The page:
TEMPE, Ariz. -- Angels catcher Chris Iannetta said Saturday morning that he's "just sore" after being struck on the right elbow by a foul tip in Friday's game against the Indians, and that he just needs some time for it to heal.
Iannetta was taken out of the game in the second inning when Cleveland first baseman Russ Canzler fouled a ball off the catcher's throwing arm. He was not taken for X-rays but was wearing a sleeve over his arm on Saturday morning.
"I think it's just a bruise," Iannetta said Saturday. "It swelled up a little bit. Just wait for the swelling and inflammation to go down and we'll be OK."
Alberto Rosario caught and batted ninth in the Angels' lineup on Saturday against the Brewers. Iannetta said he did not know how long he'd be out but that he would be taking the day off on Saturday.
"His elbow's very sore, just from bruising," manager Mike Scioscia said Saturday. "Nothing seems like it's impacted, as far as any kind of fracture or anything. It feels better today than it did yesterday, but not good enough to play. It's gonna be three, four, five days, who knows, before he's back. It's gonna take a while to let this calm down."
Iannetta, batting .222 with a home run and four RBIs this spring, was acquired during the offseason for right-hander Tyler Chatwood in a trade with the Rockies. The 28-year-old, who had spent his entire six-year career with Colorado, is expected to be the Angels' primary backstop for the year.
With no distractions, Weaver focused on game
TEMPE, Ariz. -- You could say Jered Weaver signed his long-term deal with the Angels before it was the cool thing to do.
The right-hander, one of the club's centerpieces over the last few years and moving forward, signed a five-year contract extension late last season, long before the club went out and signed top free agents Albert Pujols and C.J. Wilson. Weaver said it has allowed him to focus solely on baseball, rather than business.
"It's looking pretty good," Weaver said Saturday, after limiting the defending National League Central champion Brewers to just one run and two hits in four innings of an 8-1 Angels win. "I'm excited I did get that deal done with all the new stuff that happened this offseason. It's nice to be pleasantly surprised. I've paid attention in past offseasons, about who we were supposed to get -- the Crawfords, the Teixeiras and guys like that -- and this offseason I didn't pay any attention to it at all, so maybe that was good luck on my part."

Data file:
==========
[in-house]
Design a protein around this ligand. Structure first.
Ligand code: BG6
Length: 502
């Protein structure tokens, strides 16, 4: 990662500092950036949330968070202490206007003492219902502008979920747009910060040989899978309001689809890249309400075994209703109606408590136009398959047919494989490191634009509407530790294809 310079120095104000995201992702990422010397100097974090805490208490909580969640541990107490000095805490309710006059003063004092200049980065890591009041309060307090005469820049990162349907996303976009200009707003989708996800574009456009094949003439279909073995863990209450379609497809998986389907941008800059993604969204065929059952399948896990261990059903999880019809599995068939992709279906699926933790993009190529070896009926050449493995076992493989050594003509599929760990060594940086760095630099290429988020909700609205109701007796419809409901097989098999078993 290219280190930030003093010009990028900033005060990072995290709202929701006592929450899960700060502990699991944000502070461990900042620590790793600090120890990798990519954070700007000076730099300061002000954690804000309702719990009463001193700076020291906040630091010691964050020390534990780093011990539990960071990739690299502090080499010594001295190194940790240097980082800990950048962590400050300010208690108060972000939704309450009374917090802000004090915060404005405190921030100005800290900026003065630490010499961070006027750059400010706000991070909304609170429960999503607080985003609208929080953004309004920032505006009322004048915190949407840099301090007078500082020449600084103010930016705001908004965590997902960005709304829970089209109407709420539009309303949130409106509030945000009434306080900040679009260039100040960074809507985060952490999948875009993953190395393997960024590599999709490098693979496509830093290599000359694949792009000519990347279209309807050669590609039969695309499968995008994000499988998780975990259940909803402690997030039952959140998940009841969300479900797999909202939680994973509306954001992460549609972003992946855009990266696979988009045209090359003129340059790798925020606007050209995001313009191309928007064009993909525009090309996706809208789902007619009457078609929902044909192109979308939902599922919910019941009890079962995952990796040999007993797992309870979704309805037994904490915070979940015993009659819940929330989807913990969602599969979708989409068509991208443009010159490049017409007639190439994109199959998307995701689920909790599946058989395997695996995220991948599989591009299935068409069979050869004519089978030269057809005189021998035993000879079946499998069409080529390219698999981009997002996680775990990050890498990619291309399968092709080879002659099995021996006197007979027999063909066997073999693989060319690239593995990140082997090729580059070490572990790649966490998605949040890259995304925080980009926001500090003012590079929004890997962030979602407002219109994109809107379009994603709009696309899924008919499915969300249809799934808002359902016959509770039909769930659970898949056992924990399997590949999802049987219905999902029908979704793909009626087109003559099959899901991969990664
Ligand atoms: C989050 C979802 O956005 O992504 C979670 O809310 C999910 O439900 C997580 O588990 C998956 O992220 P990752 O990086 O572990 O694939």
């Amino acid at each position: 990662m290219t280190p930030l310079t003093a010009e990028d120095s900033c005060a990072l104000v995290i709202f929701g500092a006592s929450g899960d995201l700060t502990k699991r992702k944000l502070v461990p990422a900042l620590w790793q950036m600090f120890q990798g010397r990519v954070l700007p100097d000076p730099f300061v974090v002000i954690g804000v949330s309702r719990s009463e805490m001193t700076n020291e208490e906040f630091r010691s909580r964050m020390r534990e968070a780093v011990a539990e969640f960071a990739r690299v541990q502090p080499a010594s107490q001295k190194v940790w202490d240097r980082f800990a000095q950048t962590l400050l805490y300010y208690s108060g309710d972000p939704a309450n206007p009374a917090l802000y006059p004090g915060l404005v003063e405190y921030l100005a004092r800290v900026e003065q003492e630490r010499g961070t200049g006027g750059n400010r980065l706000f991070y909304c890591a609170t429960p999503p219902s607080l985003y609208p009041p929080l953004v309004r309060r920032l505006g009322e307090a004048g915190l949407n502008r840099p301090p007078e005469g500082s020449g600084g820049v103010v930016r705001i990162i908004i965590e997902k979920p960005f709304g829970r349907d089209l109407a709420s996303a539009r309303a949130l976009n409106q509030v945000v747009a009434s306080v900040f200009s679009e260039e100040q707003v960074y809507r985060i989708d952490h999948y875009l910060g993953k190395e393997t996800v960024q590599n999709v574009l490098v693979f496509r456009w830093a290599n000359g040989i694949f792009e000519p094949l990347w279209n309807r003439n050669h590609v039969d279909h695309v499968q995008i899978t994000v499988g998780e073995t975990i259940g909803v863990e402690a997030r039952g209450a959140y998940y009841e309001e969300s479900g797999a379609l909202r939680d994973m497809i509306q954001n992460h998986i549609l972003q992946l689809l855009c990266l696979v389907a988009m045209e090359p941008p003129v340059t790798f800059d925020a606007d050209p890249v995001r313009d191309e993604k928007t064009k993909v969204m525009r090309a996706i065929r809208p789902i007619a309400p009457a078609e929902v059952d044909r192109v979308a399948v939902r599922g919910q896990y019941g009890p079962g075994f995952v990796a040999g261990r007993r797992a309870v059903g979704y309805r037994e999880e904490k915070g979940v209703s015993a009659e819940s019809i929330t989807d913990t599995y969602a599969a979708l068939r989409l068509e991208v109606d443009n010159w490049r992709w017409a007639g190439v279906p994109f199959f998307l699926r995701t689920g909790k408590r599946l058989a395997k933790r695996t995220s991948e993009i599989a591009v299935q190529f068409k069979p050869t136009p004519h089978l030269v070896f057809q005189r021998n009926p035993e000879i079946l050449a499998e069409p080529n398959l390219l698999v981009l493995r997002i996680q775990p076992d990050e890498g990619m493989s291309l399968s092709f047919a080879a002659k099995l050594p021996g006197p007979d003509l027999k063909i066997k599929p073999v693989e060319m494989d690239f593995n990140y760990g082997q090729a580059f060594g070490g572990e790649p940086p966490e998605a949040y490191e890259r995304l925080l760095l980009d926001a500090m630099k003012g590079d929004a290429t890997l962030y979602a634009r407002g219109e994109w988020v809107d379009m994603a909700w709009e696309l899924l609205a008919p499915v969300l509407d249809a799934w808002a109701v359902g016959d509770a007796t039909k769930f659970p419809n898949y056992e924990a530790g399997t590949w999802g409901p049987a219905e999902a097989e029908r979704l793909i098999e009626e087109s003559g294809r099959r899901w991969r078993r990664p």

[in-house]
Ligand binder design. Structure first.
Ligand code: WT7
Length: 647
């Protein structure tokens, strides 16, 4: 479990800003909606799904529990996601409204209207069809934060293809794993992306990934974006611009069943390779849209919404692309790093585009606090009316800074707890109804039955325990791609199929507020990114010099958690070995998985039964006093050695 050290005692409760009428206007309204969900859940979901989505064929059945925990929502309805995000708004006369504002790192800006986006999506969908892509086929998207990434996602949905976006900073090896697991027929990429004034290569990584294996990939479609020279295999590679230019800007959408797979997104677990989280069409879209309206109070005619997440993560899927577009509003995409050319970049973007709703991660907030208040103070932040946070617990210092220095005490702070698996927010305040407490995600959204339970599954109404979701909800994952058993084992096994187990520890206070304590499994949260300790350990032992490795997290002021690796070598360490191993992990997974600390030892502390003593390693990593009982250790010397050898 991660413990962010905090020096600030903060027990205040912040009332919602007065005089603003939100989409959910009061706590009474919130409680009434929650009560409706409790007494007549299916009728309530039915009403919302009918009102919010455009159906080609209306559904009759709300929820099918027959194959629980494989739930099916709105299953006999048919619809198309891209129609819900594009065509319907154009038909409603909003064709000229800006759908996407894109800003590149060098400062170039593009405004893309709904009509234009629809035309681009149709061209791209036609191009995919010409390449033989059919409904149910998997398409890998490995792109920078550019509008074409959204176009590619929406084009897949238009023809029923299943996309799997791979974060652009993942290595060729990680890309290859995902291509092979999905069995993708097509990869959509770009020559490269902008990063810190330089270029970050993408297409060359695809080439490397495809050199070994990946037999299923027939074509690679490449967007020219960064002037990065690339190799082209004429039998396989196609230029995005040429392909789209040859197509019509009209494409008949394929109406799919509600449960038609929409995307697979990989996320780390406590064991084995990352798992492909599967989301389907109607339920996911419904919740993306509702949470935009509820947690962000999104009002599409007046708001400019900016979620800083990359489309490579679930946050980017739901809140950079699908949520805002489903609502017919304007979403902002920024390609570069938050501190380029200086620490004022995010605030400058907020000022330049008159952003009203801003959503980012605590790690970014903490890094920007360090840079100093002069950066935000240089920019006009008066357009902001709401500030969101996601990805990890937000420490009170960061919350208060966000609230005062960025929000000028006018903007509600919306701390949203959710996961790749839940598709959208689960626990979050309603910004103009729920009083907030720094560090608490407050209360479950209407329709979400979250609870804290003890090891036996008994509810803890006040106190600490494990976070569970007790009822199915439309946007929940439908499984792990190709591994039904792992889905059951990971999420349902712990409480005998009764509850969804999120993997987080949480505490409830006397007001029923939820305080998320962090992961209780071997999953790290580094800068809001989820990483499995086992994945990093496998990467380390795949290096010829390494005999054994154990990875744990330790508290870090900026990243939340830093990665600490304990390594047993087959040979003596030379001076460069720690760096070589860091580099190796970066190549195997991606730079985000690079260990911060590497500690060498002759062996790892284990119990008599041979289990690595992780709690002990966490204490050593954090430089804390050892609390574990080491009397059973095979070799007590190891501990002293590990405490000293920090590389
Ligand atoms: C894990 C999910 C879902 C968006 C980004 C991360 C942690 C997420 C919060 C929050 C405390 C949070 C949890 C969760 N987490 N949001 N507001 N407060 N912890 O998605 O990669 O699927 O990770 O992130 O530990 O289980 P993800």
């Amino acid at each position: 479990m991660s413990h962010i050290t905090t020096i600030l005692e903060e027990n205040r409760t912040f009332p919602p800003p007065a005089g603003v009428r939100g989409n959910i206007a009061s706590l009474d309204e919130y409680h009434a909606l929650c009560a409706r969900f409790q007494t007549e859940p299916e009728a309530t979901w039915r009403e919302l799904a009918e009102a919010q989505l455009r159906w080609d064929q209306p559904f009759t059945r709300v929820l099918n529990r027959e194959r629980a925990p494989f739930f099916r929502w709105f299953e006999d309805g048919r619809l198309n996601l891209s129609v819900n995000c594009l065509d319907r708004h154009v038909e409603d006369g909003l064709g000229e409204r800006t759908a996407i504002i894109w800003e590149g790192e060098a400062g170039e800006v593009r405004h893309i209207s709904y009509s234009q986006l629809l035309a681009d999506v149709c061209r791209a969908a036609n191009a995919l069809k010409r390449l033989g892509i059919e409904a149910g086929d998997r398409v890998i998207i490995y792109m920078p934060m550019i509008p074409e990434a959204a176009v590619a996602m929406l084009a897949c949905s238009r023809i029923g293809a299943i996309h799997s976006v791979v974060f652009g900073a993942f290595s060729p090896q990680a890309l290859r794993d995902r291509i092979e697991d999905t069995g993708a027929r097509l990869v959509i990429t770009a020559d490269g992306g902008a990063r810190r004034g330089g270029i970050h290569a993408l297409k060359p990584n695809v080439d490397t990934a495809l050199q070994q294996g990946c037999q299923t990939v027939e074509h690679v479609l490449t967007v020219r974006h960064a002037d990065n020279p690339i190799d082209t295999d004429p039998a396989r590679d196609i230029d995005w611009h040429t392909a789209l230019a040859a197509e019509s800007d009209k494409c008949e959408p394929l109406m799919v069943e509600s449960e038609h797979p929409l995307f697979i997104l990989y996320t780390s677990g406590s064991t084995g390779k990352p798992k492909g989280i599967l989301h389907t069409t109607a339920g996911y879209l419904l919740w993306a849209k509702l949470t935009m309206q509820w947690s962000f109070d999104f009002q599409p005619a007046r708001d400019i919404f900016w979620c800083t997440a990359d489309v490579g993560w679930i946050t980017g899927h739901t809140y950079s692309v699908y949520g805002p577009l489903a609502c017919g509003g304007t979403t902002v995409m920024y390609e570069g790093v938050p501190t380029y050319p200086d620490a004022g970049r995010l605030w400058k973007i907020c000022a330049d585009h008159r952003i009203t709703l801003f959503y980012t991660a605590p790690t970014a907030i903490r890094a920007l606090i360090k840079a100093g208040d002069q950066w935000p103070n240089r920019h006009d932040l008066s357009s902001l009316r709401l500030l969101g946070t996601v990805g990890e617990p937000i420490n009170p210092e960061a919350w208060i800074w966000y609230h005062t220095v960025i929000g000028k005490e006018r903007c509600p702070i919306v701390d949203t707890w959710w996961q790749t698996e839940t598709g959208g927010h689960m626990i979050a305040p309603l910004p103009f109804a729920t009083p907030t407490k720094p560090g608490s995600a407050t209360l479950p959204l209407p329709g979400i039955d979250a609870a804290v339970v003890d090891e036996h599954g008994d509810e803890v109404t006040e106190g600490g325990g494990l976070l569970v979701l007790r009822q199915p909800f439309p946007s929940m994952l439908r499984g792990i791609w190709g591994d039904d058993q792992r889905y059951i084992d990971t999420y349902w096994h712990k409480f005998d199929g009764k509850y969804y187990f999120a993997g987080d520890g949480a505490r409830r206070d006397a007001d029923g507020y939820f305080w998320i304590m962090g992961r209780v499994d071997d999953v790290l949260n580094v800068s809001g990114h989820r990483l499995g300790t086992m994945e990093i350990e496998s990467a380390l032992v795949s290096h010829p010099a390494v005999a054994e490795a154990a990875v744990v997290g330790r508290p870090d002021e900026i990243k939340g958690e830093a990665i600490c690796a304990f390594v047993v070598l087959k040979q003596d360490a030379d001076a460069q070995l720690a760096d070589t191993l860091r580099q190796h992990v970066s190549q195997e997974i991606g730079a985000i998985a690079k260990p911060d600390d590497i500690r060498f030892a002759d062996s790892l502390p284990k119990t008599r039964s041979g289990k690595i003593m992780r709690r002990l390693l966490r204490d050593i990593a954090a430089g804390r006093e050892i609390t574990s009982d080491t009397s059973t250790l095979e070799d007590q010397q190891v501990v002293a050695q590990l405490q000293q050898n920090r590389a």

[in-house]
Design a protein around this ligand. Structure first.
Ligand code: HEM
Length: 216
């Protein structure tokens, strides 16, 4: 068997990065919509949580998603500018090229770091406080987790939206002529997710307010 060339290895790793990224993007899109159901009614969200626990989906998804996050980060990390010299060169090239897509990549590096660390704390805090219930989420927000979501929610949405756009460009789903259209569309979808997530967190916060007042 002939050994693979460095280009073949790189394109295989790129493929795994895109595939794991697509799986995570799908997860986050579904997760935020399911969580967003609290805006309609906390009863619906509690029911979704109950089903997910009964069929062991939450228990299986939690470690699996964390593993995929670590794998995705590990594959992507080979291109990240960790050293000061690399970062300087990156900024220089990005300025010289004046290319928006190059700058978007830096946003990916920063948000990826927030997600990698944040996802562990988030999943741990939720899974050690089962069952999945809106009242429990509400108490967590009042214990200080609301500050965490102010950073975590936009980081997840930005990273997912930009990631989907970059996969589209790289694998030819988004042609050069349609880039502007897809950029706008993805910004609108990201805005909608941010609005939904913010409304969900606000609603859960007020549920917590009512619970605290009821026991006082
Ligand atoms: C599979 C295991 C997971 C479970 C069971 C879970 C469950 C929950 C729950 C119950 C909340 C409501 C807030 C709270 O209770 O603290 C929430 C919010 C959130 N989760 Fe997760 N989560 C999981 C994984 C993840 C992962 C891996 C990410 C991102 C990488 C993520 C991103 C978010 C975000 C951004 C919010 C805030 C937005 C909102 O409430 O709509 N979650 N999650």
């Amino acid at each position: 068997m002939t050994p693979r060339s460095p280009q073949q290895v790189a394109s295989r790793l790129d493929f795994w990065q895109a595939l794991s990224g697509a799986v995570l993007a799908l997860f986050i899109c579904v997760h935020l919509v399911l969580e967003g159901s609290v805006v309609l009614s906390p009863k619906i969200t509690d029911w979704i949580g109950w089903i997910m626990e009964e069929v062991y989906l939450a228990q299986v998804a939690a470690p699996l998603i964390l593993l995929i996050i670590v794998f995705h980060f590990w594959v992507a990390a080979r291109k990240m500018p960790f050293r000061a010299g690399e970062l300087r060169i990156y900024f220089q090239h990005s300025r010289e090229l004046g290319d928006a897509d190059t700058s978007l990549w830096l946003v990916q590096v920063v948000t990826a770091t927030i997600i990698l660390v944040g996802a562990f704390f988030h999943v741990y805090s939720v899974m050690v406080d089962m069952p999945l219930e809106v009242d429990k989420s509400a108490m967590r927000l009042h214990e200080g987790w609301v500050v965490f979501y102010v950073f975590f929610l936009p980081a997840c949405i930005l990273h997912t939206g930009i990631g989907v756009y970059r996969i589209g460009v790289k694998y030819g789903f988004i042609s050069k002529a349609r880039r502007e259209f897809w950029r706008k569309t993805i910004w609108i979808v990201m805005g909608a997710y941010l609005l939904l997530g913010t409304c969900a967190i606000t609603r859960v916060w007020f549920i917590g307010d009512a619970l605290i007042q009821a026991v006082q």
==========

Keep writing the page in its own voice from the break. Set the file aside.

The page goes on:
If anyone's needed luck on their side recently, it's hitters who step into the box against the 29-year-old. Weaver finished second in the American League Cy Young Award voting last season, and has been named an AL All-Star in each of the last two seasons.
Weaver said Saturday he's still focused on his fastball command at this point in the spring, and expects the rest of his offspeed repertoire to follow suit.
"It's coming along," Weaver said of his full complement of pitches. "The slider's good at times. It's not where I'd like it to be, 100 percent. It's probably about 80 percent right now. I throw some good ones, and then there's times where I get a little quick and it's not as good, so stuff's a little up right now, but it felt good those last two innings."
The California native has had double-digit win totals in each of his six big league seasons and, without anything but the game to focus on in 2012, he feels poised for more success down the road in Southern California.
"It's nice knowing I'm gonna be here at least the next five years," Weaver said. "I'm glad I got that out of the way early and didn't have to worry about that in the offseason and leading into the spring. It's nice to get it out of the way. I'm not a business guy, I hate that part of the game. So it's nice to just go out there and play baseball."
Trout, Morales taking cuts in Minors games